It’s probably not even loaded. (from video by Berni0707)
Put differently, I want to use the lighthouse later in the game’s story as a climactic or important location. By putting it in this image, players are likely to notice only in-passing. When it comes up later, users who were paying attention may enjoy some satisfaction– the thought that this just might be a connected, real place, where distant locations may eventually be visited.
An IRL lighthouse on the shores of Lake Michigan.
The final point (Tension via Moral Dilemma) may be the largest victory of this tiny 2-slide cutscene change. Crabs are not native to the game’s setting (Beaches of Lake Michigan), so their existence may be reasonably considered a problem (destruction of habitats, disruption of food chains, etc).
p-pweese don’t kill us…
But but but! They are cute and lovely and humanized via their little luggage bags– they’re in a strange new ecosystem, likely one they didn’t ask for, and they just want a home– but no one likes them, and their demise would be a win for the environment and those who care deeply about it. They’re “fish out of water”– something that any picked-on kid at school can relate to. It’s something our protagonists can relate to as Shadia and the school’s elite bully them.
“You! You HUMANIZED an INVASIVE species!?” -my environmental friends when the game releases, maybe
So, Sandy and Drift have a moral dilemma on their hands, in addition to more selfless goal in protecting wildlife, and the antagonist now has reasonable cover for her antagonizing of the protags (“You’re abetting dangerous illegal crabs!”). It’s a simple setup, but leagues more interesting than what we had only 2 slides prior (bully bullies nerds for building stuff). It also makes crabs the center of the story, giving us a mascot character that we can cutesy-up and feature in ads for more emotional impact.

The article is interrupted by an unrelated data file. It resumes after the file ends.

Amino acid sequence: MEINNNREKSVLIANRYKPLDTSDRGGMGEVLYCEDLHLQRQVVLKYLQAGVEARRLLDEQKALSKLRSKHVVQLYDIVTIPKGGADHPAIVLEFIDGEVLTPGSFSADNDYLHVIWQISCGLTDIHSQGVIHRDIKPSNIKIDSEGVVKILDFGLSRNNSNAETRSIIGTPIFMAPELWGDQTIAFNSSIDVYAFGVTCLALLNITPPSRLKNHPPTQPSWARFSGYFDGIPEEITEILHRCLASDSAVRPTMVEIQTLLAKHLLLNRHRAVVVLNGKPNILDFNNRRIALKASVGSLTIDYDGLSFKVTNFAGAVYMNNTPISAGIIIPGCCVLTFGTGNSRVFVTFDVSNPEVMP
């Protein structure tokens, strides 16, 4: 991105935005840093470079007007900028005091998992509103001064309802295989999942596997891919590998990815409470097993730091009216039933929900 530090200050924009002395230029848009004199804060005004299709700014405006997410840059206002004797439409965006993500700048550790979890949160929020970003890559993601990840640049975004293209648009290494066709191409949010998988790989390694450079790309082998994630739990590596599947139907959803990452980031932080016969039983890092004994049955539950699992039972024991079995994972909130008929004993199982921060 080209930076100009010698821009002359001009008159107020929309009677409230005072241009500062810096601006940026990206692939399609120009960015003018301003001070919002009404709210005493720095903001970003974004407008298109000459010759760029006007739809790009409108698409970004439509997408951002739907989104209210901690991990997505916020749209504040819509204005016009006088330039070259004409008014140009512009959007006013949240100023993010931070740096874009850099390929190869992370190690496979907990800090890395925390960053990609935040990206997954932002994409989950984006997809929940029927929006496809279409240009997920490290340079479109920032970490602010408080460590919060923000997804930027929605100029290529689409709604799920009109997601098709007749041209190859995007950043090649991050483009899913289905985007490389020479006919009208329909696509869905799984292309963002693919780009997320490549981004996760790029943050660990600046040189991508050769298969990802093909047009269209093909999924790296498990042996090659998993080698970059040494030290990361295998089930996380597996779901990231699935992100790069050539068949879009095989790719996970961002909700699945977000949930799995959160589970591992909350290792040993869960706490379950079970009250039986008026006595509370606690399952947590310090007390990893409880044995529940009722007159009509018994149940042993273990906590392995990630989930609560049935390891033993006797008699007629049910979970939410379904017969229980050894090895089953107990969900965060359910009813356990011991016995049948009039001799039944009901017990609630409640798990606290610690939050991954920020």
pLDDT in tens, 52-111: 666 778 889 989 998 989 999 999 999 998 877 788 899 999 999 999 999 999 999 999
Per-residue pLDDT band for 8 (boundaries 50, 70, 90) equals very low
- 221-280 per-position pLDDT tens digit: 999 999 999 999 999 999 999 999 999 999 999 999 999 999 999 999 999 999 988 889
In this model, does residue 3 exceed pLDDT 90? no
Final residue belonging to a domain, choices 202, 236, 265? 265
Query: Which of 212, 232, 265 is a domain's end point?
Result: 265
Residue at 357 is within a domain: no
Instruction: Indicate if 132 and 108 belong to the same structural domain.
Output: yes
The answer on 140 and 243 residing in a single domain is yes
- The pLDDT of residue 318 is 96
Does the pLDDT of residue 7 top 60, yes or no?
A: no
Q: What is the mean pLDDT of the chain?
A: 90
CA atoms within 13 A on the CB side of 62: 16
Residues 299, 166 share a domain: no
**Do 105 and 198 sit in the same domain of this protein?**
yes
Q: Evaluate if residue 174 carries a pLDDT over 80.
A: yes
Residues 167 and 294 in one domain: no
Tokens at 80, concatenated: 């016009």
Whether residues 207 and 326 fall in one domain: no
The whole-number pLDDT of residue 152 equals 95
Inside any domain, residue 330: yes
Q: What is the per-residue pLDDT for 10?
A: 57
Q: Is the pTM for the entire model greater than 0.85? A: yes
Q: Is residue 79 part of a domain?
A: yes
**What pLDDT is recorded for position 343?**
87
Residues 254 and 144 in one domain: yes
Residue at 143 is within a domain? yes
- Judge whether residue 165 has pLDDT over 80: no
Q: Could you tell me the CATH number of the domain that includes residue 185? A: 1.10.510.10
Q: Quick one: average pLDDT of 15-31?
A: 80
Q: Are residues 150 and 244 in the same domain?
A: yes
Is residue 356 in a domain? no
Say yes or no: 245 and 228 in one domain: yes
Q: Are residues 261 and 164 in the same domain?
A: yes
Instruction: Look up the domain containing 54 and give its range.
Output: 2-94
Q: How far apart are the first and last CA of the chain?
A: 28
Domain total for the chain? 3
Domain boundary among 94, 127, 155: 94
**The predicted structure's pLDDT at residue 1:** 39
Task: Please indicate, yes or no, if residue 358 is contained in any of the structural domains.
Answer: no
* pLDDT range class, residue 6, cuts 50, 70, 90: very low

“Ya think we’ll need to add crabs into all our old victory cutscenes?” “Nah. Sounds expensive.”
These narrative improvements lend themselves to some gameplay changes too–
With this new change in the narrative, gameplay needs a change in order to avoid “Gameplay-Narrative Dissonance” (or ludonarrative dissonance if your goal is to feel smart while confusing people). A common sight in previous versions of the game–
Crabs are hostile enemy units currently.
In our current iteration of the game, crabs are a common mid-level enemy with impressive HP and large swarming numbers. This doesn’t make much sense in a world where the protags (Sandy, Drift) are aligned with the Crab faction, and building sandcastle homes for them. The new narrative suggests crabs should be a reliable ALLY to the player, not a recurring antagonist.
The narrative changes go on to suggest some more interesting design changes down the road–
- Should every stage begin with 3-5 crab escorts? Does the game begin to play more like an RTS in this case?
- Should crabs spawn automatically from a sandcastle object (their home), ala the MOBA genre?
For now, let’s leave it at “remove the crab unit type from the enemy pool”.
“Ready the butter. Our crabs have turned traitor.”
Bonus : New Tower Type (“4Way”)
Surprisingly, this is the first tower that doesn’t require a particular “target” enemy unit.
Very-very-slowly-but-not-quite-so-surely, new tower types are coming online. Please look forward to more discussion of new tower types in next week’s devblog post.